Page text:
The stage having been set, the following events are not surprising. On Monday, 1st December 1969, a . letter appeared in the

People's Forum section of the Brisbane Telegraph' from a Mr Des Ney Ian, Secretary of the Liberal Civic Party - incidentally, a political party having no connection whatever with the Liberal Party. In this published letter, Mr Neyland stated:

For the information of the CMO - That is another political party:

I regarded the approaches to me as so vital that I recorded the telephone conversation on tape and will be happy to play it back to the CMO should they desire.

Those who were here in the last Parliament can well imagine how 1 reacted to this. But 1 held my ground and waited a fortnight for a public outcry. Not a word of protest was raised even though there was a statement in black and white - in all probability innocently written - admitting to an infringement upon the rights of the individual. 1 wrote to the Postmaster-General prior to leaving for central and north America on a private trip.


Mr Brown - Did you pay your own way?


Mr Donald Cameron (GRIFFITH, QUEENSLAND) - I paid my own way, yes. I drew the attention of the Postmaster-General to my opposition to the happenings in the Penridge case and also to Mr Neylan's admission in the Brisbane 'Telegraph'. With the concurrence of honourable members I incorporate in Hansard Mr Neylan's letter.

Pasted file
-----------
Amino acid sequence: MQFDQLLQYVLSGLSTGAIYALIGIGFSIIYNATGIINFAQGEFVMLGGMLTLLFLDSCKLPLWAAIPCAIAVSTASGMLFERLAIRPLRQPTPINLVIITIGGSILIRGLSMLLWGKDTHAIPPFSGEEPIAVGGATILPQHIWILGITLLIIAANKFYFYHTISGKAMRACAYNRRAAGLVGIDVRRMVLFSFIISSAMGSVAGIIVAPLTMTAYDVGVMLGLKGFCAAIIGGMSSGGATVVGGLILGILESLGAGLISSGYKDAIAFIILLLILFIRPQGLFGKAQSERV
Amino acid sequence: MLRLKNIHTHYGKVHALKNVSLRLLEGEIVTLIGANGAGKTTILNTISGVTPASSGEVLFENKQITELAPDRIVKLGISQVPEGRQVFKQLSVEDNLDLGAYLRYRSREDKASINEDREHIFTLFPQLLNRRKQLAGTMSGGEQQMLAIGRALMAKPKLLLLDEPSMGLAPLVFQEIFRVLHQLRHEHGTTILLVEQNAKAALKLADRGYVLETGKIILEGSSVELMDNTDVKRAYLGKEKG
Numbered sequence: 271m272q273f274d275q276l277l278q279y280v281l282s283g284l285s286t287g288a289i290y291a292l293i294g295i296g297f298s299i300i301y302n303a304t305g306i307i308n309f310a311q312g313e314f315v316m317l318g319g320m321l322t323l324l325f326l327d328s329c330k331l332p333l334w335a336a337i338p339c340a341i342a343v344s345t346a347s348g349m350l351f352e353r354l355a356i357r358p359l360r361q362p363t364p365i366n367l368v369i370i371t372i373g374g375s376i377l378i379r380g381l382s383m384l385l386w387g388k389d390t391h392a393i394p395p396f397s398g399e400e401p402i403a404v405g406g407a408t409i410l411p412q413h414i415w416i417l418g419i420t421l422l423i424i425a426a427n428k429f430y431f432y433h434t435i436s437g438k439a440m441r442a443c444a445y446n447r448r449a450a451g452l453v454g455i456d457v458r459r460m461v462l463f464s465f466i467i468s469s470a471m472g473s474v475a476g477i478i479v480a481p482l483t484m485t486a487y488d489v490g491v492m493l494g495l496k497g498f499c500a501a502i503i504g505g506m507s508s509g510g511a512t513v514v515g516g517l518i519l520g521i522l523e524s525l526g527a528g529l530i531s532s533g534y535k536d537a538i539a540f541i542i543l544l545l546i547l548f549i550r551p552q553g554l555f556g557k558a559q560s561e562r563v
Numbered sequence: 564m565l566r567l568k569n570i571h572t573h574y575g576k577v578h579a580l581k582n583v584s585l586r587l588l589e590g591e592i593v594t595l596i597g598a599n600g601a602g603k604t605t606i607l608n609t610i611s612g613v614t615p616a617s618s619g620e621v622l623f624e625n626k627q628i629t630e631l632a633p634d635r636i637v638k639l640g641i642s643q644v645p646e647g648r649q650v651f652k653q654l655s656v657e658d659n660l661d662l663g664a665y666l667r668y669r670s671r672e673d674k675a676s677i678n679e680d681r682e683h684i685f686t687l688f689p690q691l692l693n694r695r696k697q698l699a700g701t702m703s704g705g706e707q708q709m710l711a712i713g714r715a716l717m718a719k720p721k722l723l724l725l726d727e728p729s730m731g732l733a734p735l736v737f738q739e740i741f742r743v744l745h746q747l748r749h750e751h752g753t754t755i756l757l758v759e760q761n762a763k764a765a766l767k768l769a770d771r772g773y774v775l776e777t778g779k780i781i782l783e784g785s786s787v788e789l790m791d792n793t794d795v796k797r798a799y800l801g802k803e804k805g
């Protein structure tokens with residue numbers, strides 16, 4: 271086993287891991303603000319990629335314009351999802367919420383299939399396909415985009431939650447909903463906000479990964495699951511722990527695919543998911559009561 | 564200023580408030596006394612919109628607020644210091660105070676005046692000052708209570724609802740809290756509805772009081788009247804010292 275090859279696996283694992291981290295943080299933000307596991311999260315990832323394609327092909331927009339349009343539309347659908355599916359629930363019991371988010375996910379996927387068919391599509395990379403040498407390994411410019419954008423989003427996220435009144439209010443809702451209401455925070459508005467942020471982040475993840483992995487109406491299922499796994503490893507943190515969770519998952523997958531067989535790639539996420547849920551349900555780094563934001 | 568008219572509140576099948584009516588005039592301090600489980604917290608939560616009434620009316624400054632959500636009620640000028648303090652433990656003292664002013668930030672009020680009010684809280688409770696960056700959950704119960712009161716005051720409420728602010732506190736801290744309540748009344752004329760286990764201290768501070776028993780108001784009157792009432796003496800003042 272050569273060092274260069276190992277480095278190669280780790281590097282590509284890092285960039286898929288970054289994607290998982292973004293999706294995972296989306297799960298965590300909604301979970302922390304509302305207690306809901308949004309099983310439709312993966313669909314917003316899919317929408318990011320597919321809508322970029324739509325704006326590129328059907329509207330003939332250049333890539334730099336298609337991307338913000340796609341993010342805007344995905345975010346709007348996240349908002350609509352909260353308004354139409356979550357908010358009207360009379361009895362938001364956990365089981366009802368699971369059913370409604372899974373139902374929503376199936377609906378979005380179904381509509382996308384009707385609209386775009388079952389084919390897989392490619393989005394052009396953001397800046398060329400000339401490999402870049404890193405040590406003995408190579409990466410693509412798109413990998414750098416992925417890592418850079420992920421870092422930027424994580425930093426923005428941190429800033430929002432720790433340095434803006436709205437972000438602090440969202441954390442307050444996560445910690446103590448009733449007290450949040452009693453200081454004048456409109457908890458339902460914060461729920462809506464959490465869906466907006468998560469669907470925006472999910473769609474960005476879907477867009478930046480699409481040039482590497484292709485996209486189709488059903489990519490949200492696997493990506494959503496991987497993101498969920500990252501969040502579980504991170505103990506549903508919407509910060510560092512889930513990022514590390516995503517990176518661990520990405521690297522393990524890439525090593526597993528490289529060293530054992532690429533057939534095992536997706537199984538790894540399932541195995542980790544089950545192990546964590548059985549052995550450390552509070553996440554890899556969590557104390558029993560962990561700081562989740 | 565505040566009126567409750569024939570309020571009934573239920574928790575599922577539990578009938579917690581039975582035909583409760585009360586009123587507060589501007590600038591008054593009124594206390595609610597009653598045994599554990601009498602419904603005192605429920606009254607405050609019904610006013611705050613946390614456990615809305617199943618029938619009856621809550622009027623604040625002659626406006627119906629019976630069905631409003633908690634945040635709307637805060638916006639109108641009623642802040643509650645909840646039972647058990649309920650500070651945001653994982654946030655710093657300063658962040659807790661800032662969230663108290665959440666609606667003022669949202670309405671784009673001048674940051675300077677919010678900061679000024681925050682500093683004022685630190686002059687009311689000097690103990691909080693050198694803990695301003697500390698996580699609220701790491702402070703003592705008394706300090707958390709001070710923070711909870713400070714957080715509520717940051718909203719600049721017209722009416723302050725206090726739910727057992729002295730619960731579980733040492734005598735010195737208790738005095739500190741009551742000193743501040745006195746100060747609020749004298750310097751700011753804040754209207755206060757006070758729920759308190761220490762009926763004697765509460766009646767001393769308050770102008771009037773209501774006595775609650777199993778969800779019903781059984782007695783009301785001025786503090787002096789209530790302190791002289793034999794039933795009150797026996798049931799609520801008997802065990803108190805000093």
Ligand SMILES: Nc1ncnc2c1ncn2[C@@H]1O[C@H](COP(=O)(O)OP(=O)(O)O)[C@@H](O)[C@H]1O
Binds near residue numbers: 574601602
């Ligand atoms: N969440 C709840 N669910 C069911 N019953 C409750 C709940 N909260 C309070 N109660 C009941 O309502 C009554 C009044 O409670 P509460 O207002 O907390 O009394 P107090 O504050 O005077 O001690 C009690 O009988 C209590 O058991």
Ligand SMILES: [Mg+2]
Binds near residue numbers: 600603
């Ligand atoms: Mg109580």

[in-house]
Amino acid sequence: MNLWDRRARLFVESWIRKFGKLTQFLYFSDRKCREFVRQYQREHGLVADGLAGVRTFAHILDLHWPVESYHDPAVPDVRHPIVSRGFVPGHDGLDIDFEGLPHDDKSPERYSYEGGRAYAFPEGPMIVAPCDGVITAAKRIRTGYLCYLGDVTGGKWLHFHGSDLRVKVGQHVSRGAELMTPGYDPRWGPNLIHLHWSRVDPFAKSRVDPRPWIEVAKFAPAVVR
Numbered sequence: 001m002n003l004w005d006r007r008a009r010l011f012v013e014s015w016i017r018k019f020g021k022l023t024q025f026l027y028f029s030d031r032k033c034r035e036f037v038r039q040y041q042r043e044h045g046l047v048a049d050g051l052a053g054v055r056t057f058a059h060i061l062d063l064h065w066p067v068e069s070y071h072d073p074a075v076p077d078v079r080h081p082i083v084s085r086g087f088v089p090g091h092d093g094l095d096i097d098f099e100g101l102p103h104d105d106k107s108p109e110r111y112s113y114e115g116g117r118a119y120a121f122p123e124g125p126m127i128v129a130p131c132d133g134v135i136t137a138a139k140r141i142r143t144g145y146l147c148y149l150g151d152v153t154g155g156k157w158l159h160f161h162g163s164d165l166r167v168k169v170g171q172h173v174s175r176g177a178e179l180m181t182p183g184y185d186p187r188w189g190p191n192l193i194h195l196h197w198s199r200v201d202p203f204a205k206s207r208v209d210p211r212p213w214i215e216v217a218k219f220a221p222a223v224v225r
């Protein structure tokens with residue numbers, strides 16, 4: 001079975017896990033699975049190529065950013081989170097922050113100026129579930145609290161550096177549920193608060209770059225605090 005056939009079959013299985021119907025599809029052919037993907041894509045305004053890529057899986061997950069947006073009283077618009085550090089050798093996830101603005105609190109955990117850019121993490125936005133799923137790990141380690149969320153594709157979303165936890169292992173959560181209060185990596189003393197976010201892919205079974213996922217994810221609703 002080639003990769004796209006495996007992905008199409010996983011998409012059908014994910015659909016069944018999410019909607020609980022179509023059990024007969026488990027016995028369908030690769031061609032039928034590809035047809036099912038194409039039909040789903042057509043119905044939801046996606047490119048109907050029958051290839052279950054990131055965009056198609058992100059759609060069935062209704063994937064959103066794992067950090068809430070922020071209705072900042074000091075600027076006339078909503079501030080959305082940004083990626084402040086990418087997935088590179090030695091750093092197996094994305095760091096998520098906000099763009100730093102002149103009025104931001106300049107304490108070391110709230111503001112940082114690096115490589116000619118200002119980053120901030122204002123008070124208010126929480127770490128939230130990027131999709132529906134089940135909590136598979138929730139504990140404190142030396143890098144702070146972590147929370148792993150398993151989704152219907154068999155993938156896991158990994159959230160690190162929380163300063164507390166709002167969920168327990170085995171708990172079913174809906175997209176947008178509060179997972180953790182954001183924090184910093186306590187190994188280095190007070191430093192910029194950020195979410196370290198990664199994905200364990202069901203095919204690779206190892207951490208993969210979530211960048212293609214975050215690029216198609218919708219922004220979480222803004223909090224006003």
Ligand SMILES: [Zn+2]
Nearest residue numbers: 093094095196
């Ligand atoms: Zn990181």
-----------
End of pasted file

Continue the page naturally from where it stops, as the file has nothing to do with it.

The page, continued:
The CMO president, Mr Barnes, claims in the Telegraph (19.11.69) that no approach has been made to the LCP to unite with the CMO. Once again, I must defend the LCP and state the facts.

On several occasions, over the past few weeks, a person approached me by telephone asking me to rejoin the CMO and to bring the LCP with me.

I was also told that if I did not co-operate and join the CMO then the LCP and myself would be destroyed and would face political extinction.

Naturally I do not bow to threats of this nature and the LCP, I hope, can continue as the third municipal party in Brisbane, and will be able to overcome the present proposed threat.

For the information of the CMO I regarded the approaches to me as so vital that 1 recorded the telephone conversation on tape, and will be happy to play it back to the CMO should they desire.